HIST / WMST / EURO 259: TOWARDS EMANCIPATION? WOMEN IN MODERN EUROPEAN HISTORY

Spring 2018

In this course, which I offer every spring term,  we studied women’s lives, work and the history of the women’s movement in modern Europe from the era of the late Enlightenment and the French Revolution to the period of the two World Wars, the Holocaust, and the Cold War. We explored how the major political, economic, social, and cultural changes affected the lives of women from different social backgrounds and how they responded to these changes. The struggle of the women’s movement that emerged everywhere in Europe during the nineteenth century to improve the working and living conditions of women, achieve equal civil and political rights for women and increase their social, cultural, and political influence, was one central theme. We asked how the aims and forms of this struggle for female emancipation varied between different groups and countries and changed over time. We also  examined the ways in which women were involved in wars and revolutions and experienced them. The course was organized chronologically, but as we moved through time we  concentrated on the following themes:

  • Gender images and dominant ideas about the gender order and how they affected women’s lives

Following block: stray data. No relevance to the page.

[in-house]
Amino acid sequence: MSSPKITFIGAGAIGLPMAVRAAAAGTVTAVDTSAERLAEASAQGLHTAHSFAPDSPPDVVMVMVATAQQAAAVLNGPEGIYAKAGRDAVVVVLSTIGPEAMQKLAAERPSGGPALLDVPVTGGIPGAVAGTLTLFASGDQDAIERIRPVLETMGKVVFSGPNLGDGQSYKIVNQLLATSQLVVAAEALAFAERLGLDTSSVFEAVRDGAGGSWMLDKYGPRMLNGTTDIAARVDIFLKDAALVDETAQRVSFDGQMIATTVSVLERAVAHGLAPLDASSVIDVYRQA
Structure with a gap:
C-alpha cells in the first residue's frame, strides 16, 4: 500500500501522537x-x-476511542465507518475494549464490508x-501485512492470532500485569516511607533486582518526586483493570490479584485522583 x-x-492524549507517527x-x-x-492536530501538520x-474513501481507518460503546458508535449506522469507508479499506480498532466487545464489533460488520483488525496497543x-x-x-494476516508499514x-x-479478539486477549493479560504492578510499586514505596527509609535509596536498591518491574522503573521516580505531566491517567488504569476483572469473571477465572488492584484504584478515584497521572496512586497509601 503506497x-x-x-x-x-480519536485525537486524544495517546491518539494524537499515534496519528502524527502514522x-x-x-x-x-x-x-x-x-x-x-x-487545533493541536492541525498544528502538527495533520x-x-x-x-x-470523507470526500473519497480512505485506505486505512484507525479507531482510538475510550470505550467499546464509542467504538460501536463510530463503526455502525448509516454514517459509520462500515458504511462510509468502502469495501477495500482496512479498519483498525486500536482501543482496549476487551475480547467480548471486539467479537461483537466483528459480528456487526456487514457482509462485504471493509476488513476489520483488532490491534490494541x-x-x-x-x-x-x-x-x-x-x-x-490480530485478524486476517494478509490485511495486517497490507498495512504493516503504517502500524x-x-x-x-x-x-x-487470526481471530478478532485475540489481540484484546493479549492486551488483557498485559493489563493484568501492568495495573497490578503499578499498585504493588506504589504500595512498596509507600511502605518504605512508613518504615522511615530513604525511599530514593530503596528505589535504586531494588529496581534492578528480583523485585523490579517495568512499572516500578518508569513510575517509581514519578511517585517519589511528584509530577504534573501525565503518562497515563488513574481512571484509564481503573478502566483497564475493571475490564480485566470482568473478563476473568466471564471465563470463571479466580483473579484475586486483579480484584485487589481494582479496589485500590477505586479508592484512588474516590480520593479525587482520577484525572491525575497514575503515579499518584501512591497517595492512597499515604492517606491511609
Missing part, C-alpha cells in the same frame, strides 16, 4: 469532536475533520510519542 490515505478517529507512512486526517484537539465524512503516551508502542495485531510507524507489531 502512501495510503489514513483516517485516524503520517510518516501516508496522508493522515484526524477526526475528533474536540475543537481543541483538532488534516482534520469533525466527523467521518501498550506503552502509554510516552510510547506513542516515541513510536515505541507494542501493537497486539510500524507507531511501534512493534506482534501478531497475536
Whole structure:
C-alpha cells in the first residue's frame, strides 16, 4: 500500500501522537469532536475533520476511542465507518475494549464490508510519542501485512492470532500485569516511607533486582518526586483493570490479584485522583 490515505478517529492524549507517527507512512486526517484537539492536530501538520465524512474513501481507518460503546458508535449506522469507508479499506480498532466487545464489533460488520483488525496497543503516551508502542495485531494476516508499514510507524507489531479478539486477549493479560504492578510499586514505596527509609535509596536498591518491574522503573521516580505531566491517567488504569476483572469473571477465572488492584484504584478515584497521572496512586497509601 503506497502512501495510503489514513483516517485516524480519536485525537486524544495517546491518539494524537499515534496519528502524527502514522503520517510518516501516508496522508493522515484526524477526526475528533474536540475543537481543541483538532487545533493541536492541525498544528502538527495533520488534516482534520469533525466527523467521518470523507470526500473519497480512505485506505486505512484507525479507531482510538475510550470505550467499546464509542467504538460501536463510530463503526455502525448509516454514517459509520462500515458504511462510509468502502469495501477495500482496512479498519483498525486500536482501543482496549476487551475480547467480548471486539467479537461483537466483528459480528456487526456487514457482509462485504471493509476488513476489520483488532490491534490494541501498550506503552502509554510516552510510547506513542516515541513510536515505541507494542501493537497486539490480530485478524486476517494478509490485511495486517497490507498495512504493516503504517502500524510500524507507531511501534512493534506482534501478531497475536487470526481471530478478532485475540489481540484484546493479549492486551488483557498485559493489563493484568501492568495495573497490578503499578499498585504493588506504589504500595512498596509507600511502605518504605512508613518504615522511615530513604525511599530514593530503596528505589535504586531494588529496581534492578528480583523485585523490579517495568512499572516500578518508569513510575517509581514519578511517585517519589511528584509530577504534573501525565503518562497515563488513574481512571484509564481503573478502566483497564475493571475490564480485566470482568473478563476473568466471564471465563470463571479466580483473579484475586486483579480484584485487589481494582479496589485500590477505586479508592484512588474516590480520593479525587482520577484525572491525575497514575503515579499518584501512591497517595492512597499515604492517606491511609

• Women’s role(s) and experiences in the household, the family, and the workforce
  • Women’s and men’s role(s) in the ‘public spheres’ of nation, state and civil society
  • Women’s struggle for equal rights in the family, society, the workforce and politics.

Given the diversity of the various regions of Europe,  the course could not achieve comprehensive coverage. We  therefore concentrated on Western Europe, especially Britain, France, and Germany.

This website was developed by the 31 students in the course, from First Year students to Seniors of a variety of majors in the short time period of four weeks as their final assignment. When we talked about the final assignment the idea of a course website came up. We discussed and all were in favor of it, even though the work on it was much time consuming than an ordinary final assignment. They wanted to give something to the public and show others that women’s and gender history matters.

For me the work with the students was a great pleasure! Many thanks to all of them, especially the Website Team under the leadership of  Emma Nicole Haseley and Nikhil Komirisetti.

I also would like to thank the graduate assistant for this course, Jennifer Lee Standish, from UNC Chapel Hill History Department, who edited all entries and helped me with the grading for this class, which we could not avoid in the end. Finally, I would like to thank the History Department of the University of North Carolina for its support!

Chapel Hill, April 27, 2018

Dr. Karen Hagemann
James G. Kenan Distinguished Professor of History and Adjunct Professor of the Curriculum in Peace, War and Defense
University of North Carolina at Chapel Hill, Department of History
Hamilton Hall, CB # 3195
Chapel Hill, NC 27599-3195
Email: hagemann@unc.edu